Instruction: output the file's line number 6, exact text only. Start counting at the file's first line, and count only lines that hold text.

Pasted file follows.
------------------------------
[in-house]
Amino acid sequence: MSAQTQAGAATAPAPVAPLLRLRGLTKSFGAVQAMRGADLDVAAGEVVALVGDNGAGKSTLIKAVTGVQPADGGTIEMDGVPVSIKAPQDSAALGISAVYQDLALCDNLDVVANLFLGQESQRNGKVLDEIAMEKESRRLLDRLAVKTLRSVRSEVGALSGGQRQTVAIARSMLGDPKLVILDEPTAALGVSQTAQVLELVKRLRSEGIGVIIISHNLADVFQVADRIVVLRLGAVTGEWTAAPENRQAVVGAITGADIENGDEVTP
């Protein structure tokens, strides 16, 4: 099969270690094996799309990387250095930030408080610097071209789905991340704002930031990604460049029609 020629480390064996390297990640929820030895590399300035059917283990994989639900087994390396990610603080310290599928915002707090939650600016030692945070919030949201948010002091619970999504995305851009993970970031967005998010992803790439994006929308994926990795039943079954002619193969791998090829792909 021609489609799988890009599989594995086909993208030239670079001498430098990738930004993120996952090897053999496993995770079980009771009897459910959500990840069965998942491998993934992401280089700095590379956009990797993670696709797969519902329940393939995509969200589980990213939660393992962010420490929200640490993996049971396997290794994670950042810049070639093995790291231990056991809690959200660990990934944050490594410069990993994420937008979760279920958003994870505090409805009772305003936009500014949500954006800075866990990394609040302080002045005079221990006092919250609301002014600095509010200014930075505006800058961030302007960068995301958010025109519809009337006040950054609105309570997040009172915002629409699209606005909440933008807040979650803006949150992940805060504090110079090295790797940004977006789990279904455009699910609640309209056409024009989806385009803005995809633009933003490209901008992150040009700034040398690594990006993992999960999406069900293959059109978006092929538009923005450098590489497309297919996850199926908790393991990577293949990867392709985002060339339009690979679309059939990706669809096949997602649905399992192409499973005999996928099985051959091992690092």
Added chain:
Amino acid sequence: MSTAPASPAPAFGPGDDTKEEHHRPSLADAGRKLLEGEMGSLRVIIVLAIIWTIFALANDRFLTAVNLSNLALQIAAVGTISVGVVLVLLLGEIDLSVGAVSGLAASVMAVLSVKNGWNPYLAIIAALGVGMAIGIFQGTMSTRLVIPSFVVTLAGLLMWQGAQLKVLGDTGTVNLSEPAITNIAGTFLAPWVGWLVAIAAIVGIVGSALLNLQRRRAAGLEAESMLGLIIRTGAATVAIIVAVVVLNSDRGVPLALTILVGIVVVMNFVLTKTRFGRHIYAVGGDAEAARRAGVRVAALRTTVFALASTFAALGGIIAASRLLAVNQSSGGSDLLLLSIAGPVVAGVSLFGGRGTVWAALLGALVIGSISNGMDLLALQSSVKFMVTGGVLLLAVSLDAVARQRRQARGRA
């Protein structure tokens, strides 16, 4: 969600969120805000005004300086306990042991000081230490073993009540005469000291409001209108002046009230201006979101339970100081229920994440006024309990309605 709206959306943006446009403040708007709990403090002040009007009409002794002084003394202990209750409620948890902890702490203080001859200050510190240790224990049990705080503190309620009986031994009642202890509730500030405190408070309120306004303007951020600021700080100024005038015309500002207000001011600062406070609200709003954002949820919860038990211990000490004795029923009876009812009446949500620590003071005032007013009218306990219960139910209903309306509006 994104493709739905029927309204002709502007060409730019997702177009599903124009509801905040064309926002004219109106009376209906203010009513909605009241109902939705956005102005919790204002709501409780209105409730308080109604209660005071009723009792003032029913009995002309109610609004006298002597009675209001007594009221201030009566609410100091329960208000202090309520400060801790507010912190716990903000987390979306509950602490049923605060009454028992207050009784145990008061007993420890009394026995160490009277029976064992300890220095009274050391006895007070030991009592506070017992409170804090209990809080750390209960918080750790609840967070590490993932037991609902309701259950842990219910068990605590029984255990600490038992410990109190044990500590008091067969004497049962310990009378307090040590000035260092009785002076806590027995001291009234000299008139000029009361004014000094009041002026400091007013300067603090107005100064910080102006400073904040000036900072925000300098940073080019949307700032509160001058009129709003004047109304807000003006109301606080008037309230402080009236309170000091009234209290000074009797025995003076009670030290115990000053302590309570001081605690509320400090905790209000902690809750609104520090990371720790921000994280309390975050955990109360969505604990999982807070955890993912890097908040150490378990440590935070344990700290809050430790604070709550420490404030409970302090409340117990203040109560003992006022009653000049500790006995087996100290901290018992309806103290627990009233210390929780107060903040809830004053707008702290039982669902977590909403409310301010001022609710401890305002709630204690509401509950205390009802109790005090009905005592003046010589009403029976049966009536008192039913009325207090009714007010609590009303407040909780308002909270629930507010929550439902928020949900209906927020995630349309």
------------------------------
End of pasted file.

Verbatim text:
């Protein structure tokens, strides 16, 4: 969600969120805000005004300086306990042991000081230490073993009540005469000291409001209108002046009230201006979101339970100081229920994440006024309990309605 709206959306943006446009403040708007709990403090002040009007009409002794002084003394202990209750409620948890902890702490203080001859200050510190240790224990049990705080503190309620009986031994009642202890509730500030405190408070309120306004303007951020600021700080100024005038015309500002207000001011600062406070609200709003954002949820919860038990211990000490004795029923009876009812009446949500620590003071005032007013009218306990219960139910209903309306509006 994104493709739905029927309204002709502007060409730019997702177009599903124009509801905040064309926002004219109106009376209906203010009513909605009241109902939705956005102005919790204002709501409780209105409730308080109604209660005071009723009792003032029913009995002309109610609004006298002597009675209001007594009221201030009566609410100091329960208000202090309520400060801790507010912190716990903000987390979306509950602490049923605060009454028992207050009784145990008061007993420890009394026995160490009277029976064992300890220095009274050391006895007070030991009592506070017992409170804090209990809080750390209960918080750790609840967070590490993932037991609902309701259950842990219910068990605590029984255990600490038992410990109190044990500590008091067969004497049962310990009378307090040590000035260092009785002076806590027995001291009234000299008139000029009361004014000094009041002026400091007013300067603090107005100064910080102006400073904040000036900072925000300098940073080019949307700032509160001058009129709003004047109304807000003006109301606080008037309230402080009236309170000091009234209290000074009797025995003076009670030290115990000053302590309570001081605690509320400090905790209000902690809750609104520090990371720790921000994280309390975050955990109360969505604990999982807070955890993912890097908040150490378990440590935070344990700290809050430790604070709550420490404030409970302090409340117990203040109560003992006022009653000049500790006995087996100290901290018992309806103290627990009233210390929780107060903040809830004053707008702290039982669902977590909403409310301010001022609710401890305002709630204690509401509950205390009802109790005090009905005592003046010589009403029976049966009536008192039913009325207090009714007010609590009303407040909780308002909270629930507010929550439902928020949900209906927020995630349309």